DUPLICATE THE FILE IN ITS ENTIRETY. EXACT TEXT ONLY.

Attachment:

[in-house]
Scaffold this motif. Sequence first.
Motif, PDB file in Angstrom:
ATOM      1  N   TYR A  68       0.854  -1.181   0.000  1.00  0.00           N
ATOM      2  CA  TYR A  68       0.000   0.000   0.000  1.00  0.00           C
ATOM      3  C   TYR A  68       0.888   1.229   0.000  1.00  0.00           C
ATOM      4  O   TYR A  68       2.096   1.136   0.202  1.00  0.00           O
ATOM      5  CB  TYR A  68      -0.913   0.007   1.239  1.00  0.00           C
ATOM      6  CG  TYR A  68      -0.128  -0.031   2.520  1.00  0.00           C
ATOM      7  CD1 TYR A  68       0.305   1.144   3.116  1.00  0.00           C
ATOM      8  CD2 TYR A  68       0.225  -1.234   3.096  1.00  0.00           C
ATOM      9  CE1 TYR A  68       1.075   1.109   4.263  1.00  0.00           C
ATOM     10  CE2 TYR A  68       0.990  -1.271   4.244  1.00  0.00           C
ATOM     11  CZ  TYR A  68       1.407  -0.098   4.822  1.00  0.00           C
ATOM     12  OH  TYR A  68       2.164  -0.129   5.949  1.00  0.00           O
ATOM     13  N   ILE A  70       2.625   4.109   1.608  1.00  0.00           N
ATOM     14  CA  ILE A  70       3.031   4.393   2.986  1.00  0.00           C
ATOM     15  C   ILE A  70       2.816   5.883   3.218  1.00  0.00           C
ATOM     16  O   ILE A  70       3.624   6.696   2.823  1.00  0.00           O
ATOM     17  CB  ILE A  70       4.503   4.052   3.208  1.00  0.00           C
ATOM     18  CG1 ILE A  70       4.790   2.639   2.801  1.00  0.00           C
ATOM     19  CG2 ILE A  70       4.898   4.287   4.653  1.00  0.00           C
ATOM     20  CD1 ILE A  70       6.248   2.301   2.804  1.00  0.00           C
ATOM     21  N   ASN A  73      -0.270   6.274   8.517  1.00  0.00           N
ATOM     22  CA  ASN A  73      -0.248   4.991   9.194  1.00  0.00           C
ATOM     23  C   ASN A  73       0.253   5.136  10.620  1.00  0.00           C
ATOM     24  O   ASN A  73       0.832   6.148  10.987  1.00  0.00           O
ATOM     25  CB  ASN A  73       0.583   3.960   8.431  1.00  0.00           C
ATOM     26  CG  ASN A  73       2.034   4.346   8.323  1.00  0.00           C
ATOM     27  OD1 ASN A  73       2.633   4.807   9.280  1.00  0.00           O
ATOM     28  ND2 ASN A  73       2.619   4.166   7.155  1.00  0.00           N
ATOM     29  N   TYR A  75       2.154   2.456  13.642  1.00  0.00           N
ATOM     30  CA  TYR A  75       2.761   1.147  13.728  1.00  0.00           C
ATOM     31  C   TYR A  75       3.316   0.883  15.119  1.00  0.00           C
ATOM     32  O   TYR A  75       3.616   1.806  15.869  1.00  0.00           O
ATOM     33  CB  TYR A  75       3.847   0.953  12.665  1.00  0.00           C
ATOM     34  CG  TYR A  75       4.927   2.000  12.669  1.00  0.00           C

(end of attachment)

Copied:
[in-house]
Scaffold this motif. Sequence first.
Motif, PDB file in Angstrom:
ATOM      1  N   TYR A  68       0.854  -1.181   0.000  1.00  0.00           N
ATOM      2  CA  TYR A  68       0.000   0.000   0.000  1.00  0.00           C
ATOM      3  C   TYR A  68       0.888   1.229   0.000  1.00  0.00           C
ATOM      4  O   TYR A  68       2.096   1.136   0.202  1.00  0.00           O
ATOM      5  CB  TYR A  68      -0.913   0.007   1.239  1.00  0.00           C
ATOM      6  CG  TYR A  68      -0.128  -0.031   2.520  1.00  0.00           C
ATOM      7  CD1 TYR A  68       0.305   1.144   3.116  1.00  0.00           C
ATOM      8  CD2 TYR A  68       0.225  -1.234   3.096  1.00  0.00           C
ATOM      9  CE1 TYR A  68       1.075   1.109   4.263  1.00  0.00           C
ATOM     10  CE2 TYR A  68       0.990  -1.271   4.244  1.00  0.00           C
ATOM     11  CZ  TYR A  68       1.407  -0.098   4.822  1.00  0.00           C
ATOM     12  OH  TYR A  68       2.164  -0.129   5.949  1.00  0.00           O
ATOM     13  N   ILE A  70       2.625   4.109   1.608  1.00  0.00           N
ATOM     14  CA  ILE A  70       3.031   4.393   2.986  1.00  0.00           C
ATOM     15  C   ILE A  70       2.816   5.883   3.218  1.00  0.00           C
ATOM     16  O   ILE A  70       3.624   6.696   2.823  1.00  0.00           O
ATOM     17  CB  ILE A  70       4.503   4.052   3.208  1.00  0.00           C
ATOM     18  CG1 ILE A  70       4.790   2.639   2.801  1.00  0.00           C
ATOM     19  CG2 ILE A  70       4.898   4.287   4.653  1.00  0.00           C
ATOM     20  CD1 ILE A  70       6.248   2.301   2.804  1.00  0.00           C
ATOM     21  N   ASN A  73      -0.270   6.274   8.517  1.00  0.00           N
ATOM     22  CA  ASN A  73      -0.248   4.991   9.194  1.00  0.00           C
ATOM     23  C   ASN A  73       0.253   5.136  10.620  1.00  0.00           C
ATOM     24  O   ASN A  73       0.832   6.148  10.987  1.00  0.00           O
ATOM     25  CB  ASN A  73       0.583   3.960   8.431  1.00  0.00           C
ATOM     26  CG  ASN A  73       2.034   4.346   8.323  1.00  0.00           C
ATOM     27  OD1 ASN A  73       2.633   4.807   9.280  1.00  0.00           O
ATOM     28  ND2 ASN A  73       2.619   4.166   7.155  1.00  0.00           N
ATOM     29  N   TYR A  75       2.154   2.456  13.642  1.00  0.00           N
ATOM     30  CA  TYR A  75       2.761   1.147  13.728  1.00  0.00           C
ATOM     31  C   TYR A  75       3.316   0.883  15.119  1.00  0.00           C
ATOM     32  O   TYR A  75       3.616   1.806  15.869  1.00  0.00           O
ATOM     33  CB  TYR A  75       3.847   0.953  12.665  1.00  0.00           C
ATOM     34  CG  TYR A  75       4.927   2.000  12.669  1.00  0.00           C